The importance of beer in Mesopotamia can not be exaggerated. Beer was brewed in every home, drunken in taverns, and offered to the gods. It was even paid as a salary to workers. In literature such as the Epic of Gilgamesh, the wild man Enkidu wasn’t tamed until he learned how to drink beer. And as if that wouldn’t be enough, the Babylonian king Hammurabi enacted a law that punished the tavern keeper with a death penalty – if she (the brewers were mostly women) would pour less beer than what was paid for.
You probably get it. Beer was a big deal in Mesopotamia. And since we’re creating a cookbook inspired by the world’s oldest recipes – and the Mesopotamian kitchen they came from – not having beer recipes would be a bummer. But the problem with beer – I soon realized – is that it’s a chemical process. And I’ve always hated chemistry. My sister, however, is a self-learned chemist who used to make her own slime as a child when Youtube how-to-videos weren't around.
Brewing at Home
The problem with brewing beer at home is that you need equipment and time – two things most people don’t have. So the first thing my sister and I decided, was that everyone should be able to brew our recipe. No special equipment would be needed – which per definition would save time.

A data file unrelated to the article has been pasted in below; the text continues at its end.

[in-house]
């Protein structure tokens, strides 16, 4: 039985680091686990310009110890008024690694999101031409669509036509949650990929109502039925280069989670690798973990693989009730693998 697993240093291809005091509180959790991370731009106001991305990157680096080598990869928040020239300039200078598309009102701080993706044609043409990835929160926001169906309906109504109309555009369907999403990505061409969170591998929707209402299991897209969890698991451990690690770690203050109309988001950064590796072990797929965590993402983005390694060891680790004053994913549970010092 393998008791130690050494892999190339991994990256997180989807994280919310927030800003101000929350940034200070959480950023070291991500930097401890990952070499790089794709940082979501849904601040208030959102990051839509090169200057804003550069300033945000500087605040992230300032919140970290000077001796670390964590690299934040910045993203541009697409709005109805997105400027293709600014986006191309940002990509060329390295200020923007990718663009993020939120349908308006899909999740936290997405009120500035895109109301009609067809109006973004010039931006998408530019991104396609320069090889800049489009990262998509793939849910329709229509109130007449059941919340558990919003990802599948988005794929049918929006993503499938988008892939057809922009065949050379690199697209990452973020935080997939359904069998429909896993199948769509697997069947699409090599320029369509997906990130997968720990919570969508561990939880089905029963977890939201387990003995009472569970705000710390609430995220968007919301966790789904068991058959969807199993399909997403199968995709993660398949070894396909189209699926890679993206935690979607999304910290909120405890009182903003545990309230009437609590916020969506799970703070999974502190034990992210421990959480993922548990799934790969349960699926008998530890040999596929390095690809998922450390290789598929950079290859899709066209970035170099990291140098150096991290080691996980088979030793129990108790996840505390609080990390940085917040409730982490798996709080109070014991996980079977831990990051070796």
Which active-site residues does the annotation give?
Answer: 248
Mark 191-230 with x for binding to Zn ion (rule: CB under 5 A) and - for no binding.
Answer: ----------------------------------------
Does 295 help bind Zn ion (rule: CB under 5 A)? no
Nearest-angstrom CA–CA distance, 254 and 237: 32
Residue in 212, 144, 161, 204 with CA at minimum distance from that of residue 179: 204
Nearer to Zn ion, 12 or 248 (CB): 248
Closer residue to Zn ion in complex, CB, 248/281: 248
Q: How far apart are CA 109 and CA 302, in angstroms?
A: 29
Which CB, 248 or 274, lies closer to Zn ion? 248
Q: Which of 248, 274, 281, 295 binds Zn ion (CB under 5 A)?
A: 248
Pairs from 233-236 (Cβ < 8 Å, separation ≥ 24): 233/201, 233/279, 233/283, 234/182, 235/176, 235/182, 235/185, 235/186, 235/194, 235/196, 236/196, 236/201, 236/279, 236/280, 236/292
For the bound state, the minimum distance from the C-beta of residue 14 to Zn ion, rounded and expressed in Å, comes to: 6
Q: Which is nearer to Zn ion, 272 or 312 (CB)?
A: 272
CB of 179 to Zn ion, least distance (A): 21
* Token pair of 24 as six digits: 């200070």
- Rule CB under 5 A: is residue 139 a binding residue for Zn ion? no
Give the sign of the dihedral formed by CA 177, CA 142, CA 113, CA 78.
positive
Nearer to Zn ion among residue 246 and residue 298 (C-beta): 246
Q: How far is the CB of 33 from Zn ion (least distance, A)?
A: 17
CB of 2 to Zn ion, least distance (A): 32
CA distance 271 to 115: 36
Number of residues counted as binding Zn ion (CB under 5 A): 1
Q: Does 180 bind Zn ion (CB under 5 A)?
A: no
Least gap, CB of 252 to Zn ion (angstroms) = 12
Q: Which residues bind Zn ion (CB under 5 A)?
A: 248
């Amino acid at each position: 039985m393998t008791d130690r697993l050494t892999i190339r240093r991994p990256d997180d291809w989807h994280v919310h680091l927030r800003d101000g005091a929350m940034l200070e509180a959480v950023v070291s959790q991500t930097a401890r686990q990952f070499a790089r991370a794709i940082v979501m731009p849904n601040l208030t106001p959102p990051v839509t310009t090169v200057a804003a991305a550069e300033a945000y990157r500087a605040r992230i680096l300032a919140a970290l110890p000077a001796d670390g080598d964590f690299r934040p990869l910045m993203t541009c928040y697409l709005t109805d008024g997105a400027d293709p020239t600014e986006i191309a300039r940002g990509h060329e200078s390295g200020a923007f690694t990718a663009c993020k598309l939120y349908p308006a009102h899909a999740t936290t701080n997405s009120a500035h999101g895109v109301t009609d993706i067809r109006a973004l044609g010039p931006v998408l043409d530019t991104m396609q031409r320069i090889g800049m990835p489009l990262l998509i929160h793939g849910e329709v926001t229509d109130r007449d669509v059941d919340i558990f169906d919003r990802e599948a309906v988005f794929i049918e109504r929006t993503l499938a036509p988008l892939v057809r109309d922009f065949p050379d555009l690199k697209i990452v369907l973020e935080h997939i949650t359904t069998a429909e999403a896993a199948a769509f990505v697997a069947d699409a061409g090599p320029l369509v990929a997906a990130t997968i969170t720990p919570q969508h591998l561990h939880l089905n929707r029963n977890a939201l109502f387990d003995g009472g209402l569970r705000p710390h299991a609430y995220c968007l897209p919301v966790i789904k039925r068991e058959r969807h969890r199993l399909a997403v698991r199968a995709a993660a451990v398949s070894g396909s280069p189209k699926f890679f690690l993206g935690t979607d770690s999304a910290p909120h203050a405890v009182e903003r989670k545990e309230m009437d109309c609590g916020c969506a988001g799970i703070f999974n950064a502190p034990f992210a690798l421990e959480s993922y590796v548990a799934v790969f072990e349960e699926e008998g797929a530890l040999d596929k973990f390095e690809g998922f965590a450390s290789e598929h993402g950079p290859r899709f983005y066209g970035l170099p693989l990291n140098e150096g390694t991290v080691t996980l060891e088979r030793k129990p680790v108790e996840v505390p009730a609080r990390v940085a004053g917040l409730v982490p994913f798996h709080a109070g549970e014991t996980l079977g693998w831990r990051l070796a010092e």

We bought a tool to measure the alcohol content in our drink. And we used only two ingredients. Dates and tap water (our tap water is fresh in Sweden). We brewed in several glass jars – each with different amounts of water and dates – and left them in the kitchen to ferment.
The Explosion on Day Three
The problem with beer brewing being a chemical process is that things can blow up. It turns out that if there’s too much active yeast, the fermentation process causes pressure in the jar. Which can lead to a beer explosion. Fortunately, nobody got hurt.
Finally – Date Beer
We learned from the explosion and added fewer dates to decrease the amount of yeast. After a couple of days of fermentation, our organic date beer was brewed. And even the Mesopotamian beer goddess Ninkasi would’ve been proud of us.
So how did it taste? We brewed three different versions. The one with the most dates was so sweet it wasn’t drinkable. The one with the least amount of dates was still a bit too sweet so we need to refine it until next time. The Babylonians loved the sweet taste of date beer – which is the whole point – so we can’t eliminate the sweetness altogether.
A big mistake we made, however, was to not cool the beer before trying it. I think that lowered our overall impression, even subconsciously. I mean, have you ever had a warm beer? What came as a positive surprise, though, was that the liquid had sparkles. Isn’t that cool? The ancient people of Mesopotamia drank sparkling beer!
Here are some pictures of me, my sister, and our parents just before trying the Babylonian date beer.
And if you want to learn more about beer brewing in Mesopotamia, I’d strongly recommend this video by Tate Paulette, who has written a lot about the subject. Or read this article about others (more successful) date beer brewers. Until then, we’ll keep refining this recipe before we go to Assyria to brew Alappanu – pomegranate beer.